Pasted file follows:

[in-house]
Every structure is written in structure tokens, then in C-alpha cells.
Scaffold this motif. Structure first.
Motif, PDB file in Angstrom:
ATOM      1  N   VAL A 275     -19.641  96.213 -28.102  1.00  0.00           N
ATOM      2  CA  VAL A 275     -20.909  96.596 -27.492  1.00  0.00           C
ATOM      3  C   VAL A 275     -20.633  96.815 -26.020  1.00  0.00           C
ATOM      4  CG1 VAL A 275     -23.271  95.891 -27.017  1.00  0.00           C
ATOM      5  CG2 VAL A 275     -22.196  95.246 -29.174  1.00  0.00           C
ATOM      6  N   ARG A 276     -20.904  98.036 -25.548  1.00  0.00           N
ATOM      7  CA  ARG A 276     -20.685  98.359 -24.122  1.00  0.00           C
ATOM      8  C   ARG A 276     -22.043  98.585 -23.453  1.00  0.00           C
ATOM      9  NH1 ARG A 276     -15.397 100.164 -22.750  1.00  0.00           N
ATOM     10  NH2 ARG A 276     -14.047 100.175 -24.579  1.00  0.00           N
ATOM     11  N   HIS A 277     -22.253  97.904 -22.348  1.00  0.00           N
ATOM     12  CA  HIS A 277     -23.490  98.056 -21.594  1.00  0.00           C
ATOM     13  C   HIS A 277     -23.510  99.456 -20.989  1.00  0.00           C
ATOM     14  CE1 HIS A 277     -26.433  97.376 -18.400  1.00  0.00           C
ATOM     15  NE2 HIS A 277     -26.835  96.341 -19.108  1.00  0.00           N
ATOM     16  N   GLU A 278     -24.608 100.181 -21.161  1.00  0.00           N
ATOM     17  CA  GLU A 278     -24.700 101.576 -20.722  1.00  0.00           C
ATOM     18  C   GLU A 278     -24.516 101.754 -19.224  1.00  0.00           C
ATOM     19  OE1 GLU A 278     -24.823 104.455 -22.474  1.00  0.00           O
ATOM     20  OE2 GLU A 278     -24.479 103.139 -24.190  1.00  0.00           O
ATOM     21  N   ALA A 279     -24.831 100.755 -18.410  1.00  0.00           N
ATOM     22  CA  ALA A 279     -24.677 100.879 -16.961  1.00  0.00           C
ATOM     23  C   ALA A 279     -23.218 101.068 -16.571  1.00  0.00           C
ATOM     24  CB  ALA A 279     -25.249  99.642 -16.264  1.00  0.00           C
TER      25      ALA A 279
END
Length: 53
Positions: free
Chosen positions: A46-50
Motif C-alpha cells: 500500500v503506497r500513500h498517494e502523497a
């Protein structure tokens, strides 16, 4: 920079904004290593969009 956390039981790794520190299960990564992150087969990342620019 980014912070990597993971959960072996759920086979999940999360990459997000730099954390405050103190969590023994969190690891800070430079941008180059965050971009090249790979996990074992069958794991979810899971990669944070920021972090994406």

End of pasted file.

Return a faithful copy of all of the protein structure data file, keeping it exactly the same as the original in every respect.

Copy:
[in-house]
Every structure is written in structure tokens, then in C-alpha cells.
Scaffold this motif. Structure first.
Motif, PDB file in Angstrom:
ATOM      1  N   VAL A 275     -19.641  96.213 -28.102  1.00  0.00           N
ATOM      2  CA  VAL A 275     -20.909  96.596 -27.492  1.00  0.00           C
ATOM      3  C   VAL A 275     -20.633  96.815 -26.020  1.00  0.00           C
ATOM      4  CG1 VAL A 275     -23.271  95.891 -27.017  1.00  0.00           C
ATOM      5  CG2 VAL A 275     -22.196  95.246 -29.174  1.00  0.00           C
ATOM      6  N   ARG A 276     -20.904  98.036 -25.548  1.00  0.00           N
ATOM      7  CA  ARG A 276     -20.685  98.359 -24.122  1.00  0.00           C
ATOM      8  C   ARG A 276     -22.043  98.585 -23.453  1.00  0.00           C
ATOM      9  NH1 ARG A 276     -15.397 100.164 -22.750  1.00  0.00           N
ATOM     10  NH2 ARG A 276     -14.047 100.175 -24.579  1.00  0.00           N
ATOM     11  N   HIS A 277     -22.253  97.904 -22.348  1.00  0.00           N
ATOM     12  CA  HIS A 277     -23.490  98.056 -21.594  1.00  0.00           C
ATOM     13  C   HIS A 277     -23.510  99.456 -20.989  1.00  0.00           C
ATOM     14  CE1 HIS A 277     -26.433  97.376 -18.400  1.00  0.00           C
ATOM     15  NE2 HIS A 277     -26.835  96.341 -19.108  1.00  0.00           N
ATOM     16  N   GLU A 278     -24.608 100.181 -21.161  1.00  0.00           N
ATOM     17  CA  GLU A 278     -24.700 101.576 -20.722  1.00  0.00           C
ATOM     18  C   GLU A 278     -24.516 101.754 -19.224  1.00  0.00           C
ATOM     19  OE1 GLU A 278     -24.823 104.455 -22.474  1.00  0.00           O
ATOM     20  OE2 GLU A 278     -24.479 103.139 -24.190  1.00  0.00           O
ATOM     21  N   ALA A 279     -24.831 100.755 -18.410  1.00  0.00           N
ATOM     22  CA  ALA A 279     -24.677 100.879 -16.961  1.00  0.00           C
ATOM     23  C   ALA A 279     -23.218 101.068 -16.571  1.00  0.00           C
ATOM     24  CB  ALA A 279     -25.249  99.642 -16.264  1.00  0.00           C
TER      25      ALA A 279
END
Length: 53
Positions: free
Chosen positions: A46-50
Motif C-alpha cells: 500500500v503506497r500513500h498517494e502523497a
């Protein structure tokens, strides 16, 4: 920079904004290593969009 956390039981790794520190299960990564992150087969990342620019 980014912070990597993971959960072996759920086979999940999360990459997000730099954390405050103190969590023994969190690891800070430079941008180059965050971009090249790979996990074992069958794991979810899971990669944070920021972090994406």